One of the most exciting and dynamic trumpeters on the current scene, Joey Morant works as a soloist, in duet and trio settings, and as a part of larger bands and orchestras, including the Lincoln Center Orchestra and the Harlem Blues Jazz Band. In addition, he has performed with jazz, soul, and rock 'n' roll greats, including Paul McCartney, Ray Charles, Lionel Hampton, and James Brown. He electrifies audiences with his dazzling horn technique, skillful scat singing, and humorous asides. His Louis Armstrong interpretations, both playing and singing, are extraordinary.
Morant is a native Charlestonian, a brass instrumentalist and vocalist. He is the quintessential trumpeter from the Jenkins Orphanage band tradition of the 1950s. At age 11, inspired by the piano, he became interested in classical music. When Fletcher Linton, a teacher at Charleston's Henry P. Archer Elementary School, put a school band together, Morant began studying the trumpet. A generous benefactor, recognizing his talent, arranged for him to spend the summers of his high school years studying theory at the Berklee School of Music. By age 15, Morant was teaching theory and saxophone to Oscar Rivers. Later, he joined the Metronome All-Stars under the direction of music educator Melvin Hodges Jr., a member of the 1996 Olympic Committee.
Known as "Mr. Entertainer," Morant has traveled the world - Russia, Denmark, Sweden, Finland, Germany, France, and Mexico - performing in an array of venues, including the London Paladium with Frankie Lymon and a performance for Queen Elizabeth. He has performed and recorded with hundreds of musicians, including the Harlem Blues and Jazz Band, Ray Charles, James Brown, Tina Turner, George Benson, Lionel Hampton's Orchestra, Paul McCartney, Dizzy Gillespie, Benny Goodman, Woody Herman, and Jabbo Smith. He has also performed regularly with a septet at Merv Griffin's Hotel Resorts International in Atlantic City.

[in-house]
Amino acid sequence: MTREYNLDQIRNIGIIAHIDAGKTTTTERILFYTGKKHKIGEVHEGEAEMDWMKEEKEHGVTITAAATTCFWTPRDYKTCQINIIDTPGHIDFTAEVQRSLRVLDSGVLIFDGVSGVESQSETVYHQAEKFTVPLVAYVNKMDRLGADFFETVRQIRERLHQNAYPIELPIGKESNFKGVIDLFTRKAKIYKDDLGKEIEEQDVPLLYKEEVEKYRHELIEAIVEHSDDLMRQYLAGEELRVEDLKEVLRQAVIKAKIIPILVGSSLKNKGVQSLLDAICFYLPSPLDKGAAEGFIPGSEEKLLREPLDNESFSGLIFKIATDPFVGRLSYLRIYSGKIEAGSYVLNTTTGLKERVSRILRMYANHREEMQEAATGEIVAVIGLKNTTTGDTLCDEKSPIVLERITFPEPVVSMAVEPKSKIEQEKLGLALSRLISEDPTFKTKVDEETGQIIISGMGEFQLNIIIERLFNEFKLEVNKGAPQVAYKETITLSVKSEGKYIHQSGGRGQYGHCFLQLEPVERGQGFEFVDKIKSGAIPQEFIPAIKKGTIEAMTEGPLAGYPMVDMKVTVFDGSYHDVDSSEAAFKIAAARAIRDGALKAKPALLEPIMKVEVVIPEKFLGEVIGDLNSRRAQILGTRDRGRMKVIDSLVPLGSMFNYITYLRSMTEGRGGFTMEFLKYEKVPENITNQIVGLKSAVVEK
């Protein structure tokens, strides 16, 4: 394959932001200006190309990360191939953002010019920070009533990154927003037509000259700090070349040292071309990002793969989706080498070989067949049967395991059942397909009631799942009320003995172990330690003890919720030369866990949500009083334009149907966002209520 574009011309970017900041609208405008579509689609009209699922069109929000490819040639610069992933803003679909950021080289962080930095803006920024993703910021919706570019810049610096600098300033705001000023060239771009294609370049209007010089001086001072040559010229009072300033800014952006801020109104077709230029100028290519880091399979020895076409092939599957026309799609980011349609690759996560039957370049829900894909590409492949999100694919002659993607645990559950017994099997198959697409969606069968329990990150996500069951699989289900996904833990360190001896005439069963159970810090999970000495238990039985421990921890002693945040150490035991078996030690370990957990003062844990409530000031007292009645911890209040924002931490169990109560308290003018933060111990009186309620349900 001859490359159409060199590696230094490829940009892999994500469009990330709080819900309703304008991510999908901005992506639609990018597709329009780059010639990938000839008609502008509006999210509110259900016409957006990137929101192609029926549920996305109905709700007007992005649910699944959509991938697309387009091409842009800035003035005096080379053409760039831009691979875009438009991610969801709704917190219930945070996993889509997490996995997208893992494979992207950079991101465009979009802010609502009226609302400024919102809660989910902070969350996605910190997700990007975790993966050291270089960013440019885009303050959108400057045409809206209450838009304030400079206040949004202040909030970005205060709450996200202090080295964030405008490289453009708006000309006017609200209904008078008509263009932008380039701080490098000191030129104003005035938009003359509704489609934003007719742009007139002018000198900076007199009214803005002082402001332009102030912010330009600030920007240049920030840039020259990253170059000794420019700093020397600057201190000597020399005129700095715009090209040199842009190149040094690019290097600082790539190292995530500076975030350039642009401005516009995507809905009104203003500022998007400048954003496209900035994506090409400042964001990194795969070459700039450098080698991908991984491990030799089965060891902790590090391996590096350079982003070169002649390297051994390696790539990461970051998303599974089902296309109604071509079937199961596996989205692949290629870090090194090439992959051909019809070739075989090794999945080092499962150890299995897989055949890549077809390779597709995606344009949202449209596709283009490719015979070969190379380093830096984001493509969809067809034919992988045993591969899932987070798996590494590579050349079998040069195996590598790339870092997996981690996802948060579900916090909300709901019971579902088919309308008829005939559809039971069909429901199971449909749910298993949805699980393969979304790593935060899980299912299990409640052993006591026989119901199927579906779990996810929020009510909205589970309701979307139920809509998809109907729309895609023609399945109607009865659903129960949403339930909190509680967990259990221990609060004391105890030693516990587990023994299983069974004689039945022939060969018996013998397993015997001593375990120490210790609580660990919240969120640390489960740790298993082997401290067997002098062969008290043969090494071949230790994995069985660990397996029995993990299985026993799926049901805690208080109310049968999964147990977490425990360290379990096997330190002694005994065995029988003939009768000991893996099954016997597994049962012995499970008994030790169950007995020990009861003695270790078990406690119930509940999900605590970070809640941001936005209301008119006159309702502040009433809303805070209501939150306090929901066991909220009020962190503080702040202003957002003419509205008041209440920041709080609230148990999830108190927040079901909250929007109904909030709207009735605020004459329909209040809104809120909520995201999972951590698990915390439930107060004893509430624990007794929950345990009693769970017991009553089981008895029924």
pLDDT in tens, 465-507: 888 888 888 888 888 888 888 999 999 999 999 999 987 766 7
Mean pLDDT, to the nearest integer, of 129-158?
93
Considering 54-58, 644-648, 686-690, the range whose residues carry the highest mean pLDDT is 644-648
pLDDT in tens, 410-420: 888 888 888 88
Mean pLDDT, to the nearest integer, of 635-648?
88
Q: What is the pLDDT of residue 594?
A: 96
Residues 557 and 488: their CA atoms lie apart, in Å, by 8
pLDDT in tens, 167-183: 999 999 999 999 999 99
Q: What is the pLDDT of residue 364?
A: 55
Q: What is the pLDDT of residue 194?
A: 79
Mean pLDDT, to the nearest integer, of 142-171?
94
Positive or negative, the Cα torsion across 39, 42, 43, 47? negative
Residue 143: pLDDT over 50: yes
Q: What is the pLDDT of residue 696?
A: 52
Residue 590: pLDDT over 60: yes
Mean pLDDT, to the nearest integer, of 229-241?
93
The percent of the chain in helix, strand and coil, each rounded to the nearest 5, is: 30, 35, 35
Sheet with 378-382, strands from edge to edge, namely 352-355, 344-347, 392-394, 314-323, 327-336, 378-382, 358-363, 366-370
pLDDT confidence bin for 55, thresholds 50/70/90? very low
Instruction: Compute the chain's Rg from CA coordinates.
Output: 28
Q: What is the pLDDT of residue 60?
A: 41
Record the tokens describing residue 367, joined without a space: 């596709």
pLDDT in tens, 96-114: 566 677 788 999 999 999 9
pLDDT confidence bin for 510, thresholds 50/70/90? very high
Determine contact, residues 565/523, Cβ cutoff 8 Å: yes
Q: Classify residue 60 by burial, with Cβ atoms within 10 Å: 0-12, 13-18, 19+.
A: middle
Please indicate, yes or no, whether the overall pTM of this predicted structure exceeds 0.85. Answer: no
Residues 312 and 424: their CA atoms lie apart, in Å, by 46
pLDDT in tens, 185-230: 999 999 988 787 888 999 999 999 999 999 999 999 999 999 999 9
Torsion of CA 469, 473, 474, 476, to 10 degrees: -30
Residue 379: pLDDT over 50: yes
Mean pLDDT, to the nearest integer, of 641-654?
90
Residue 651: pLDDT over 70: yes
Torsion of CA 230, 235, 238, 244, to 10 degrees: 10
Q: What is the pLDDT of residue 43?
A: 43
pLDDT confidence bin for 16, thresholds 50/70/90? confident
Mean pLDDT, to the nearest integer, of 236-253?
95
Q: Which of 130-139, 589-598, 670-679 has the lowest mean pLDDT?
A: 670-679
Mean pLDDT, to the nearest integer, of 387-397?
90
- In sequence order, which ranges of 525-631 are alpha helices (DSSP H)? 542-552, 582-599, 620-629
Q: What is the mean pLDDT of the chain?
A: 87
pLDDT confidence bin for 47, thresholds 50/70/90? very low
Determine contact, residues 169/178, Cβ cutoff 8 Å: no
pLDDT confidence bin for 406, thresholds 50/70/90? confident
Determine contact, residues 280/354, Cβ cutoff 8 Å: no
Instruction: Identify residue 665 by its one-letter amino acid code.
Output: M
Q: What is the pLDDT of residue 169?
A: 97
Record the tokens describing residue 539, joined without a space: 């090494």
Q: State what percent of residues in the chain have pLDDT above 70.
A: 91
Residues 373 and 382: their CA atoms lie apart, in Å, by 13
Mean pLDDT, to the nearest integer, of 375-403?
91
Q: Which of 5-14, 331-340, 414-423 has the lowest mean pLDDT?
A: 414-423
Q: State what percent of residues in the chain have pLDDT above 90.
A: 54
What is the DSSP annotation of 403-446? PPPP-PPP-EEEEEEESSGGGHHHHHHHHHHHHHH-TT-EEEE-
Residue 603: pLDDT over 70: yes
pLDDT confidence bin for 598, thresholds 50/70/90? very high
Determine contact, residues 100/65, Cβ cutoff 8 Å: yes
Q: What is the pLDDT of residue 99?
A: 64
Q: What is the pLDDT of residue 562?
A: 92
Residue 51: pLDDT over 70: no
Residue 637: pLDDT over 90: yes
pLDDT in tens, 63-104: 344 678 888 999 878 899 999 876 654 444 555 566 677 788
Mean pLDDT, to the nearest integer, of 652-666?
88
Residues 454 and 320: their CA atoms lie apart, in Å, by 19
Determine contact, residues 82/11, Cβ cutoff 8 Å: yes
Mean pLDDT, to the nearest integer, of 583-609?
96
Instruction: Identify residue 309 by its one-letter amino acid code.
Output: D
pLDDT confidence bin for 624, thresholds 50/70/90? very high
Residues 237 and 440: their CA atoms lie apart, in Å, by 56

In Charleston, Morant was a regular performer at the Chef and Clef and conducted a 17-piece orchestra at the Dock Street Theatre. He is a former director of Charleston's MOJA Arts Festival. He also credits himself with starting the first jazz society in Toronto and having guitarist George Benson tour with him for two years. He has written and recorded with Lee Morgan and worked with Art Blakey on the arrangement of Aretha Franklin's rendition of "Dixie Melody" for her first album, recorded with saxophonist King Curtis. His first recording, Better Late Than Never, was released in 1998.
Morant won Showtime at the Apollo and has performed on Black Entertainment Television's Jazz Discovery program. He received heartfelt recognition from around the world for his deeply-moving musical tribute at Ground Zero on December 11, 2001, and in 2003 he received the Harlem Jazz and Music Festival Instrumentalist of the Year award. For 35 years, he has also been a martial artist with Shoto-Kwon Do Productions, a company he owns in Jersey City, where he resides.
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